A couple of weeks back Black Hills surprised me with their new HoneyBadger 9mm 100gr +P. I was curious when I opened the boxes, as I discovered a radical and aggressively different bullet design.
As you probably know by now, a Honey Badger is a highly aggressive little beast. It is, by all accounts, one of the most fearsome critters in the world as well as one of the most clever and destructive. A member of the weasel family, the Honey Badger is a go-getter, capable of digging in or climbing almost anything to get what it wants.
So how does that relate to this new ammo? Well, like its namesake, the Black Hills HoneyBadger line is short of reasons to care about barriers, expansion, and recoil.
Accuracy and Basic Performance
I fired the HoneyBadger 100gr +P in a SIG SAUER P320 Compact for my testing. This is a great pistol and is very, very accurate with all the ammo I’ve fired with it. It’s almost the same gun that the Army is beginning to issue as the XM18, which is the compact version of the M17 MHS.
The load features an intimidating bullet which is a non-expanding solid. The bullet has four flanges with serrations that are designed for tissue displacement. The case is standard brass and it’s crimped slightly into one of the grooves on the bullet. The primer features red sealant for weatherproofing.
I tested the load for accuracy and velocity and achieved great results. Accuracy was nothing short of stellar. At 15 yards I fired five-shot groups from a standing position that came in at less than an inch. This translated to groups that measured an impressive 1.75-2” off the bench at 25 yards. It was next to impossible to miss a 10” steel plate at any distance under 50 yards.
Listed velocity from Black Hills is 1,300fps. The tested load reached just under this at 1225fps over my Oehler 35P chronograph for an average of 10 shots.
I experienced no failures to feed or eject when using this ammo. It allowed fast follow-up shots and rapid recovery.
For this test I used a 10% FBI block from Clear Ballistics. Due to the accuracy I was able to achieve with the P320, I tested the load at a distance of 10 feet and out to 25 yards.
Over-penetration at close range is a distinct possibility. At close range in bare gel it passed completely through the gel block while delivering fantastic terminal performance all the way through. At ranges past ten yards it penetrated to a depth of 15-16” depending on barriers, and I recovered several.
What was most interesting is that this performance didn’t change much if at all when firing through almost anything. T-shirt fabric had no effect on the bullets at any range. Heavy denim and leather induced tumbling about half the time, which reduced penetration depth to 12-14”.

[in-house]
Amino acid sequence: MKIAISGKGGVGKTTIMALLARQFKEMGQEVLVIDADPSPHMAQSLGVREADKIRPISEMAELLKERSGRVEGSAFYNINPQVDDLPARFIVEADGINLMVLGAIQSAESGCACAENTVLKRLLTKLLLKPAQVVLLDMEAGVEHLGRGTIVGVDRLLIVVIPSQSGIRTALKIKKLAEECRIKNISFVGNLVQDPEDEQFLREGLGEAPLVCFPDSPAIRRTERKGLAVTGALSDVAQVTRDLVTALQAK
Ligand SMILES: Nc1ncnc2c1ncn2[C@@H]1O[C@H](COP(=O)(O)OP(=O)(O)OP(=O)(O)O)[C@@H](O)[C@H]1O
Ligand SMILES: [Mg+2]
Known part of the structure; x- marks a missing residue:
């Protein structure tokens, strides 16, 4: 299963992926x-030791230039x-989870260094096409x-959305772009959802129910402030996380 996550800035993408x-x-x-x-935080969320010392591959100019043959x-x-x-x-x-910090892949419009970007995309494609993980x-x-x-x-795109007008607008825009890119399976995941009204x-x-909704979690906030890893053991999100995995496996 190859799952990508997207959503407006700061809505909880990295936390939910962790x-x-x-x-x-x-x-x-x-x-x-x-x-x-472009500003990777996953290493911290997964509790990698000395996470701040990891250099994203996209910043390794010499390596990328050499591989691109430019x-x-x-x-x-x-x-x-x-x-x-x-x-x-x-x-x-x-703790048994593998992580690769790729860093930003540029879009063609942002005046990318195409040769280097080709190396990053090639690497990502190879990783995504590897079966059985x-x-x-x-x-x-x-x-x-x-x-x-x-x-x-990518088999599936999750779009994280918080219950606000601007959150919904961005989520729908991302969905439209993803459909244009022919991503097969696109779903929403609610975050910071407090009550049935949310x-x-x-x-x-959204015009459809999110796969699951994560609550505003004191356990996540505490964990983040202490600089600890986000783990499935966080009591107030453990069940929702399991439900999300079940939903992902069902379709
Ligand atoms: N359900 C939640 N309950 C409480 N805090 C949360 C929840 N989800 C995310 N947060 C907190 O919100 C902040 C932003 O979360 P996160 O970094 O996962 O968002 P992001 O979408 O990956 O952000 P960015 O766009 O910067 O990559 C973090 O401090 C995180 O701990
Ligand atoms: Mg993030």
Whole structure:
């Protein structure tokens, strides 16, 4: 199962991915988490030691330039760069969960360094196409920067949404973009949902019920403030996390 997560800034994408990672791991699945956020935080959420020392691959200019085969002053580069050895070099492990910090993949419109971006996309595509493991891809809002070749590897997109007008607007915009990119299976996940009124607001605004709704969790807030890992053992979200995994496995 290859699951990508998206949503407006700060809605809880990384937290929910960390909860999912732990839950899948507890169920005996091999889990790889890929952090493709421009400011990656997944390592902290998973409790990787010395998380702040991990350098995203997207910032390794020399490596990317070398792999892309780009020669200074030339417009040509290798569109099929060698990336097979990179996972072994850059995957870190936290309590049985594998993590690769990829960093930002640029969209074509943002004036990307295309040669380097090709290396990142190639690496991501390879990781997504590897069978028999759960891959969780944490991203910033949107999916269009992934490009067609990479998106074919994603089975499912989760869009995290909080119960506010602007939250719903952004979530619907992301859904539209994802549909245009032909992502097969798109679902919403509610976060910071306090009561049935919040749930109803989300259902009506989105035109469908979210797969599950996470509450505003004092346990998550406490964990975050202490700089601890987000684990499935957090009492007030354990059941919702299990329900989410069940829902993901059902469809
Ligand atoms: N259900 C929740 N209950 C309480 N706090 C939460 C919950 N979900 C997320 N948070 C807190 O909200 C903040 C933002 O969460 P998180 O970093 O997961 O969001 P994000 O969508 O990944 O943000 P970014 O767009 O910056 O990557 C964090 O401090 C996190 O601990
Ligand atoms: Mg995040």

Barriers were very interesting as I noticed that the bullets deflected and yawed much more, but they generally didn’t tumble as much as the ones that went through heavy fabric. Side by side, you can’t really even tell what the difference between a bullet that went through a 2×4 or a piece of fabric.
This bullet is a hard one to stop, much like its namesake. It always seems to get its penetrating depth, even if that means first passing through wood, fabric, or thick wall materials. The interesting part is that the bullets had the same effect on the gel even after passing through these barriers. The science is in the shape of the projectile.
Wound channels were typically 15-16” long and featured permanent damage at a depth of 5-10”. Permanent cavities displayed significant tearing and were wider than most hollowpoints. The most dramatic thing was the damage done by temporary cavitation. The fluid action that the bullet imparts on the tissue causes sudden and surprising expansion, which can deliver even more damage than a traditional hollowpoint.
I didn’t believe this until I tried it and it’s a fantastic trait of this ammo. Bottom line is this: if you can hit your target, the bullet will do the job.
You won’t have to worry about clogging or bullet failure because the spin is where the magic is and the gel told that story with every hit.
The 9mm 100gr +P HoneyBadger is an incredible new design. Today’s advancements in bullet technology have given us surprising new levels of function and performance. This load demonstrates that you can have deep, lethal penetration with low recoil and high accuracy.
The fact that this bullet doesn’t rely on expansion is key to its effectiveness at any range a defensive handgun will be used. The radical appearance translates to function in that it can go through a 2×4 without clogging and then still deliver lethal tissue expansion. It’s the shape of the bullet that does the work, not the mechanical action of a traditional hollowpoint.
Price wasn’t listed for this load on the Black Hills site at the time of this writing, but I expect it to be in the same range as the rest of the HoneyBadger line.
Ratings (out of five stars):
Accuracy: * * * * *
This load was very, very accurate. It just wanted to shoot tiny groups.
Handling: * * * * *
Recoil was low, not snappy at all. The noise and muzzleblast was a bit sharper than most 9mm loads, but that’s to be expected in a supersonic +P load?
Reliability: * * * * *
It fed reliably throughout the course of my testing.
Terminal Performance: * * * *
This Honey Badger don’t care what it has to go through to get a tissue scramble. The results I got were fantastic and it delivered solid performance in my test circumstances. Over-penetration is a factor at close ranges.
Overall: * * * *
Despite its aggressive appearance, this is a honey of a cartridge. I wouldn’t hesitate to use it in a carry gun. I think Black Hills has a winner here and it is a welcome departure from the carry ammo norm.